Prevalence of human T-lymphotropic virus type 1 carriers among pregnant women in Hokkaido, Japan

Authors


  • Hokkaido Study Group for the Prevention of HTLV-1 mother-to-child transmission.

ABSTRACT

As there is a risk of MTCT of HTLV-1, the HSGP HTLV-1 MTCT was organized in 2011. To determine how many pregnant women are infected with HTLV-1 in Hokkaido, which is the northernmost and the second largest island in Japan with a population of 5 467 000 and 39 392 newborns in 2011, the HSGP HTLV-1 MTCT asked all facilities that may care for pregnant women in Hokkaido in July 2013 to provide information on the number of pregnant women who underwent screening for anti-HTLV-1 antibody using particle agglutination or chemiluminescent enzyme immunoassay, and the numbers of those with positive, equivocal, and negative test results in the screening and confirmation tests using western blotting or PCR methods in 2012, respectively. A total of 111 facilities participated in this study and provided information on 33 617 pregnant women who underwent screening in 2012, corresponding to approximately 85% of all pregnant women who gave birth in Hokkaido in 2012. Of 81 candidates for a confirmation test because of positive (n= 77) or equivocal (n = 4) results on screening, 63 (78%) underwent the confirmation test and, finally, 34 (0.1%) and 33 563 (99.8%) women were judged to be HTLV-1 carriers and non-carriers, respectively. It was concluded that the prevalence rate of HTLV-1 carriers was low, one per 1000 pregnant women in Hokkaido. Approximately 40 infants are born yearly to mothers infected with HTLV-1 in Hokkaido.

List of Abbreviations
ATLL

adult T-cell leukemia/lymphoma

HAM

human T-lymphotropic virus type 1-associated myelopathy

HSGP HTLV1 MTCT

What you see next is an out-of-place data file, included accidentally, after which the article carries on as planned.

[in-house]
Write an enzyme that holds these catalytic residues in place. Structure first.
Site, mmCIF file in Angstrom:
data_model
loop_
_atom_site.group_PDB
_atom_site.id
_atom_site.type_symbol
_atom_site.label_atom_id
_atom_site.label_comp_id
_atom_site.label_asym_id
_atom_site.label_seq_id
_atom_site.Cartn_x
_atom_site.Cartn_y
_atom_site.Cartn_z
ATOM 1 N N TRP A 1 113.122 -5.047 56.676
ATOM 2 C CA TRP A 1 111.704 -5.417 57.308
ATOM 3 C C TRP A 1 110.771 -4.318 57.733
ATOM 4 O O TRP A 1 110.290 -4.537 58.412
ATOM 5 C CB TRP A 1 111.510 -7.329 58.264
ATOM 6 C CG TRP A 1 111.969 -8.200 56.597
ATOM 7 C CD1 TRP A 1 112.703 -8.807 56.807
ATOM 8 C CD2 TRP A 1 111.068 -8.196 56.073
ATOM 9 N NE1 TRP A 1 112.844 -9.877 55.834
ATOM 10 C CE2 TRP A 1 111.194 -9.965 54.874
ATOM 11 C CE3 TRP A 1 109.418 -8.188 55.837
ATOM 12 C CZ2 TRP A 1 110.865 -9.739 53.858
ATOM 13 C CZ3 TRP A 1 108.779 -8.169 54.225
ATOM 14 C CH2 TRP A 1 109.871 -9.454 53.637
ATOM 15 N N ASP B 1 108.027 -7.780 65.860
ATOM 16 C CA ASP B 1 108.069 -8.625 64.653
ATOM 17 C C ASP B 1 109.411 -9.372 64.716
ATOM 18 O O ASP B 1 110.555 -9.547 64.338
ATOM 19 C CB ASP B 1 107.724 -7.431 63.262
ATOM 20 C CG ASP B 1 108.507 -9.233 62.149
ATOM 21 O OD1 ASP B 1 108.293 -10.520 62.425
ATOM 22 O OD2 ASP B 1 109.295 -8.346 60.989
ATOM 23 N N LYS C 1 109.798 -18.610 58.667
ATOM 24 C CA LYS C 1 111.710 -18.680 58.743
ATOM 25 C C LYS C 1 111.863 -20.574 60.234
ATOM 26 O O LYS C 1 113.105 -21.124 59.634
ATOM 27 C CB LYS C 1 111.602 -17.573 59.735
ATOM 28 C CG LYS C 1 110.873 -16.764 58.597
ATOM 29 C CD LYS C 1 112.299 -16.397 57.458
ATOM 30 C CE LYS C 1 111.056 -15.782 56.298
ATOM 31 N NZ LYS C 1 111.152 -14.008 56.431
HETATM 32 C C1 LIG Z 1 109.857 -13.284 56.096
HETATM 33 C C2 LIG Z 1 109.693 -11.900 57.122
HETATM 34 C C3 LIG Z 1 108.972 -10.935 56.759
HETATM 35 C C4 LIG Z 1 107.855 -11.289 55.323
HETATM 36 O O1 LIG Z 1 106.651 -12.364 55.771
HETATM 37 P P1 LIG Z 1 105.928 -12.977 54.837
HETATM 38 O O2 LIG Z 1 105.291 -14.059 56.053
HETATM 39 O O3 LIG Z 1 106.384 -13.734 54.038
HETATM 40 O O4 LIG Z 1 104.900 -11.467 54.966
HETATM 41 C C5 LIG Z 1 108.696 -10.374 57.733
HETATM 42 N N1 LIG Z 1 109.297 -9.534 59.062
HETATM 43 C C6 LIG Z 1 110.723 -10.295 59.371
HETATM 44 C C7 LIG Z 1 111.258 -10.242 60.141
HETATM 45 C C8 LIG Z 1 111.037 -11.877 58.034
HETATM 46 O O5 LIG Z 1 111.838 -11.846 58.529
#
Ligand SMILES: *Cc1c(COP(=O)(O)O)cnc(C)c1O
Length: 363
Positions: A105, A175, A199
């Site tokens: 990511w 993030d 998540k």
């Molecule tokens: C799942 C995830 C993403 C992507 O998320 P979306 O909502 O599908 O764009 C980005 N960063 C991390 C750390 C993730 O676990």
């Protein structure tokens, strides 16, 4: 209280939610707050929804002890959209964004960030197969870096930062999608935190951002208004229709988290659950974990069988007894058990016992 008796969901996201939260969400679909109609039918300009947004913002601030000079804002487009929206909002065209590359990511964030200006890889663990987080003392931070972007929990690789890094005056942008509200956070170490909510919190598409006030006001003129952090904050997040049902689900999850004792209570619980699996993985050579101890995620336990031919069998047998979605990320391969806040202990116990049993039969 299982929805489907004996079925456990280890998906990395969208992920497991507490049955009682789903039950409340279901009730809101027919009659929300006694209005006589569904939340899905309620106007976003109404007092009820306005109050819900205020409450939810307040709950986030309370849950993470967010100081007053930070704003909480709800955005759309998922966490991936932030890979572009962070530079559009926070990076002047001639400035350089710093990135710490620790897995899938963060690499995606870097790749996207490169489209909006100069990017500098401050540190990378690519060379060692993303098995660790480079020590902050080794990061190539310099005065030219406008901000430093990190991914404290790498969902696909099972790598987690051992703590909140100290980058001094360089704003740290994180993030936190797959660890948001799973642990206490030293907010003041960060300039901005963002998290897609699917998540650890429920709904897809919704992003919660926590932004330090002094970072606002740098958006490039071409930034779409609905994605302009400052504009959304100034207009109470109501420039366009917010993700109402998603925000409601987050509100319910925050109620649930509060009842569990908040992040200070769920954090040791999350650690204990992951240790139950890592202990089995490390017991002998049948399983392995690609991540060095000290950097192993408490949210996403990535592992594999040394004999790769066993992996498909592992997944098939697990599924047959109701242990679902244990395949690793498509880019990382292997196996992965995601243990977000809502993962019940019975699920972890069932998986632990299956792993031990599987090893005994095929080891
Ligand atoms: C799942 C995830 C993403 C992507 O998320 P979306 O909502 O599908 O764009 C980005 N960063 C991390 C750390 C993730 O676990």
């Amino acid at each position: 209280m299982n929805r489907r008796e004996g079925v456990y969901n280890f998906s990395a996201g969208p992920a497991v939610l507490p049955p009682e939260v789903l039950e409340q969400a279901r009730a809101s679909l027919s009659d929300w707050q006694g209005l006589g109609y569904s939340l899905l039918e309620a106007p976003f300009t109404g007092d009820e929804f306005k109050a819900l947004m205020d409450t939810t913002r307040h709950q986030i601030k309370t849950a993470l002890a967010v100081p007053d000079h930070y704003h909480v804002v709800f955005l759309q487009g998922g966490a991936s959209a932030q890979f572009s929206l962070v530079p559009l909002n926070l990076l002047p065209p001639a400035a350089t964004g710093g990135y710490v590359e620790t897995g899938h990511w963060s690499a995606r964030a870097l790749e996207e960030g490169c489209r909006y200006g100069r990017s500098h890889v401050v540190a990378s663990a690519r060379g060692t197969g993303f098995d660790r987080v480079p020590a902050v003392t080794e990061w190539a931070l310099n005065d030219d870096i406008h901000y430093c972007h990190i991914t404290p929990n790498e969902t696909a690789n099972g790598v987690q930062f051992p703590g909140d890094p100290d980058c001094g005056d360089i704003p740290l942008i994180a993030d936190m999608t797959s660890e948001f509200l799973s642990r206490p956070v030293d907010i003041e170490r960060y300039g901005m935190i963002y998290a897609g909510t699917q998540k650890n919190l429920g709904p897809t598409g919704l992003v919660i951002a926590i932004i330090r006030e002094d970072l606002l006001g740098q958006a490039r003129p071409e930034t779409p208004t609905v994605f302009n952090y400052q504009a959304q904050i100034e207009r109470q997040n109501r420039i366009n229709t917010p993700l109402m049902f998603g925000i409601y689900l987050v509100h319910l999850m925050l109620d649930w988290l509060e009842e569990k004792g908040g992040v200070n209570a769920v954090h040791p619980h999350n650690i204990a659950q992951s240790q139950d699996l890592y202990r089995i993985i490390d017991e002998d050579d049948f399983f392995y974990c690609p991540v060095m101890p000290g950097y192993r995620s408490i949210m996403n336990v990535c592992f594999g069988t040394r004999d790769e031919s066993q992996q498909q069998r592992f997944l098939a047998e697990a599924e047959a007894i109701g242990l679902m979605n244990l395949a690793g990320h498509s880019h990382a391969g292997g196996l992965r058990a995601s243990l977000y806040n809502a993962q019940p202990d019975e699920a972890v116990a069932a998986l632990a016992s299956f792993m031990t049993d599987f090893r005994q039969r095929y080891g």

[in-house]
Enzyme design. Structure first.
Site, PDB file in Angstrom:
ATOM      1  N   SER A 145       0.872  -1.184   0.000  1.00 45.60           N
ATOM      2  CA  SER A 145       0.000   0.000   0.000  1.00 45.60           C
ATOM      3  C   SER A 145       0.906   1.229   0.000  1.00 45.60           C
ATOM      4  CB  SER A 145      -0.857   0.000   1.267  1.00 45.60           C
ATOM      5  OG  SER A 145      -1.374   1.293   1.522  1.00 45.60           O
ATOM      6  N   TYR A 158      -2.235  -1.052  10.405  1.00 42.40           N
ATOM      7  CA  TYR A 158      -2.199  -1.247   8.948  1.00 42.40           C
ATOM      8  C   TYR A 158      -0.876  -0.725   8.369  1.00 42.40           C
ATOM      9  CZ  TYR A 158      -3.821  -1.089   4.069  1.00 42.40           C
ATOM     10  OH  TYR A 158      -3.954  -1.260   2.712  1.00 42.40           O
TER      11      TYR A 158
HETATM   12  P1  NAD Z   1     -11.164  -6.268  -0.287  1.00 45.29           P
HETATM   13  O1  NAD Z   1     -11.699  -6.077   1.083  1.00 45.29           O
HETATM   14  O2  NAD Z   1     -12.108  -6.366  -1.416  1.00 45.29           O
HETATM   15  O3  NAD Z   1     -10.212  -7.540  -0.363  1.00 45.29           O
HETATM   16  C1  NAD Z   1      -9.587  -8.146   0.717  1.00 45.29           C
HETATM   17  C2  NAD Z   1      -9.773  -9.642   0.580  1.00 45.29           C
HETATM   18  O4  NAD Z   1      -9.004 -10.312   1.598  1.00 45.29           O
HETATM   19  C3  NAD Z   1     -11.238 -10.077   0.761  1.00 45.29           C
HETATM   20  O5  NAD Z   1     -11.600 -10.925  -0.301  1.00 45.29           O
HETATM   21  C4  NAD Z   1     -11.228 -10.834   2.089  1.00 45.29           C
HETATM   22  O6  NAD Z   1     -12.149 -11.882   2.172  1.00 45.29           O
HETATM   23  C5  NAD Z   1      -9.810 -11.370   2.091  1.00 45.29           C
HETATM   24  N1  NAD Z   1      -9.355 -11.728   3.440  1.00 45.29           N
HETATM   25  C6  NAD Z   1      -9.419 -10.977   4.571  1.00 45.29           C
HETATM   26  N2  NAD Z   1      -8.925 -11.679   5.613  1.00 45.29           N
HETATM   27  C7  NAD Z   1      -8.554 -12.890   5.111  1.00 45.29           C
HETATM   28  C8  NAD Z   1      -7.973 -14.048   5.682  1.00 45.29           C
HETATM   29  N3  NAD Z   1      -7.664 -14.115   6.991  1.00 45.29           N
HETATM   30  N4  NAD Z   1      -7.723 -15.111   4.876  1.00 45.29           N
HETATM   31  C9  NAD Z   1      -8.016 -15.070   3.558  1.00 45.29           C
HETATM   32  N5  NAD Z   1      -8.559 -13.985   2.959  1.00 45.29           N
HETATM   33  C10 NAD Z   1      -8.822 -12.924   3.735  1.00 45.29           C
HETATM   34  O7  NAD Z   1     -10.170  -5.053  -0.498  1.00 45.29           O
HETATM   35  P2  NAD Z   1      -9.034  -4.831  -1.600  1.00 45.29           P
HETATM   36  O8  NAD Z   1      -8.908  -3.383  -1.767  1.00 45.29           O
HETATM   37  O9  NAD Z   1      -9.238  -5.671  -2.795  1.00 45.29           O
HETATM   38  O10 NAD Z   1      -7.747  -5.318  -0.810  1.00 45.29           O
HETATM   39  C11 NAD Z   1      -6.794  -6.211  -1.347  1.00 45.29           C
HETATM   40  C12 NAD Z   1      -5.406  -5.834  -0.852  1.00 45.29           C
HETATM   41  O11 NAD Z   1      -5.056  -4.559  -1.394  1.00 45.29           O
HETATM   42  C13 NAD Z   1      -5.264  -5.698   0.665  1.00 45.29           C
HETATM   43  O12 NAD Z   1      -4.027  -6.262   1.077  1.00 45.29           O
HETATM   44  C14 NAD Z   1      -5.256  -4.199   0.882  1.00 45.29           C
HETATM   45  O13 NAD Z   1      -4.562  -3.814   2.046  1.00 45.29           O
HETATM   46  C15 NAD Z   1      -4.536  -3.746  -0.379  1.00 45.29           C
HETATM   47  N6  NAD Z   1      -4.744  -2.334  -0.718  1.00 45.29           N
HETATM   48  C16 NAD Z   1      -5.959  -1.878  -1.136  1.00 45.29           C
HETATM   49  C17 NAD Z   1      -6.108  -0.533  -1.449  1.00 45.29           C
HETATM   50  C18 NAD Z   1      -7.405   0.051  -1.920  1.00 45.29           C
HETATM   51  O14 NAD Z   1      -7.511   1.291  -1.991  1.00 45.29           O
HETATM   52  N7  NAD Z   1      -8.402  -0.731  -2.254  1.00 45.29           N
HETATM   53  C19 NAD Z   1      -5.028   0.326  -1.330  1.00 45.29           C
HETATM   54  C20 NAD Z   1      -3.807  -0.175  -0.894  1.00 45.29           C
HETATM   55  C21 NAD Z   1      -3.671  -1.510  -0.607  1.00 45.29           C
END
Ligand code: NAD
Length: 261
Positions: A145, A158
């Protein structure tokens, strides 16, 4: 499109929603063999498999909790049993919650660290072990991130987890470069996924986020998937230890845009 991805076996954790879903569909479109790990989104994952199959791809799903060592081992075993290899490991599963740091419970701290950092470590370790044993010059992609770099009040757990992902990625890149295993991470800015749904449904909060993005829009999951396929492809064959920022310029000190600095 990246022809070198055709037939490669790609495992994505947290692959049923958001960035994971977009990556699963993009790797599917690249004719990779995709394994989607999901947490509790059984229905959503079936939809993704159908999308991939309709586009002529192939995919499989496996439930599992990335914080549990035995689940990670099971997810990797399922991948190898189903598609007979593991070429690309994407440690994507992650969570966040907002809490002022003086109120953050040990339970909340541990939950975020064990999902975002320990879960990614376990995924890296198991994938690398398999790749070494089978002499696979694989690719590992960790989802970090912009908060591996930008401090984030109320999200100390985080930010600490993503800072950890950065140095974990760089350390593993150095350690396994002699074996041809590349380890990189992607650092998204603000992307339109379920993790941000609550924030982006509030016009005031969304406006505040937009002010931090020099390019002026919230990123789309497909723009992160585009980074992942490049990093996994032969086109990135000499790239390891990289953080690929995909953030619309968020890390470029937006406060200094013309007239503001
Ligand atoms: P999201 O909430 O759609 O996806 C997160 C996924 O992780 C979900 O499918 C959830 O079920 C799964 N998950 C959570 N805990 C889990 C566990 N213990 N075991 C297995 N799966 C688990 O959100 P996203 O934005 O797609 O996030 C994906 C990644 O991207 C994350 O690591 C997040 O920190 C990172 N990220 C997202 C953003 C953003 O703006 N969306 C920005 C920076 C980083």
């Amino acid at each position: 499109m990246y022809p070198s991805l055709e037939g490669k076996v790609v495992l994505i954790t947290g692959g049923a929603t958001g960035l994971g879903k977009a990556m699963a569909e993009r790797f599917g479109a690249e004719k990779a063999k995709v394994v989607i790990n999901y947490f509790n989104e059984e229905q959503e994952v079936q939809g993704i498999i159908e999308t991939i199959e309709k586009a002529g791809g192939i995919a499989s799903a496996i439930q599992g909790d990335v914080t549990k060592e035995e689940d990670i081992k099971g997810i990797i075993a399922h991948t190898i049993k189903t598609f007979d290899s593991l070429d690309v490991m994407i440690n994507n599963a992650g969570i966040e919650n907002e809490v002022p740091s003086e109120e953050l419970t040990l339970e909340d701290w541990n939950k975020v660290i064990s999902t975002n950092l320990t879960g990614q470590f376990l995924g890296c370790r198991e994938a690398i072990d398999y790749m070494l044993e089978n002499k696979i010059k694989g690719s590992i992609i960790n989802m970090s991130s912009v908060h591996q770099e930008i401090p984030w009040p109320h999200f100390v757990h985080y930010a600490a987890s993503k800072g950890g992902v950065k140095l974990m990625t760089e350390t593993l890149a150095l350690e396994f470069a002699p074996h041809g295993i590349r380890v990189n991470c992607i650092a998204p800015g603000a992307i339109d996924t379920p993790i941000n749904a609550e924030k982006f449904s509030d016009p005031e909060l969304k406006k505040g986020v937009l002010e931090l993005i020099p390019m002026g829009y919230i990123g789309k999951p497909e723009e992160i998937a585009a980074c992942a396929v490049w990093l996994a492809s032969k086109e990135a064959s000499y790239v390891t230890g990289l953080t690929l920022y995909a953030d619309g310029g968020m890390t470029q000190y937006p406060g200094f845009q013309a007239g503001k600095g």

Hokkaido Study Group for the Prevention of human T-lymphotropic virus type 1 mother-to-child transmission

HTLV1

human T-lymphotropic virus type 1

JMHLW

The Japanese Ministry of Health; Labour and Welfare

MTCT

motherto-child transmission

TSP

tropical spastic paraparesis

Human T-lymphotropic virus type 1 (HTLV-1, also known as human T-cell leukemia virus type 1) causes ATLL [1, 2], which often occurs in HTLV-1-endemic areas, such as southwestern Japan, the Caribbean islands, Central and South America, Intertropical Africa, and the Middle East [3]. It also causes HAM/TSP. Among HTLV-1 carriers, estimated lifetime risks for ATLL are 6–7% and 2–3% for Japanese males and females, respectively [3], and 0.25% for HAM/TSP in Japanese [4]. In a US prospective study, 3.7% of HTLV-1 carriers were diagnosed with HAM/TSP [5].

HTLV-1 is primarily transmitted vertically from mother to child [6, 7]. MTCT of HTLV-1 occurs mainly via breast milk, and refraining from breast-feeding was shown to be effective in reducing MTCT [7-9]: an expected outcome of withholding breast-feeding is a reduction of MTCT rate from 15–20% to 2–3% [7, 8]. As ATLL is likely to develop after a long incubation period of more than 20 years in HTLV-1 carriers via MTCT [4], prevention of milk-borne transmission is the most efficient and feasible way to reduce the disease burden [7]. Therefore, detection of pregnant women carrying HTLV-1 may have a crucial role in the reduction of the number of HTLV-1 carriers and ATLL. In 2010, the JMHLW decided to financially support blood testing for the detection of HTLV-1 in pregnant women. Japanese clinical guidelines for obstetric practice edited in 2011 by the Japan Society of Obstetrics and Gynecology and Japan Association of Obstetricians and Gynecologists recommended carrying out a screening test for anti-HTLV-1 antibody using particle agglutination or chemiluminescent enzyme immunoassay, with western blotting and/or PCR for confirmation in all pregnant women and providing information on safe feeding methods, such as formula milk feeding, frozen-thawed breast milk, and short-term breast-feeding within 3 months after birth in those carrying HTLV-1 [10].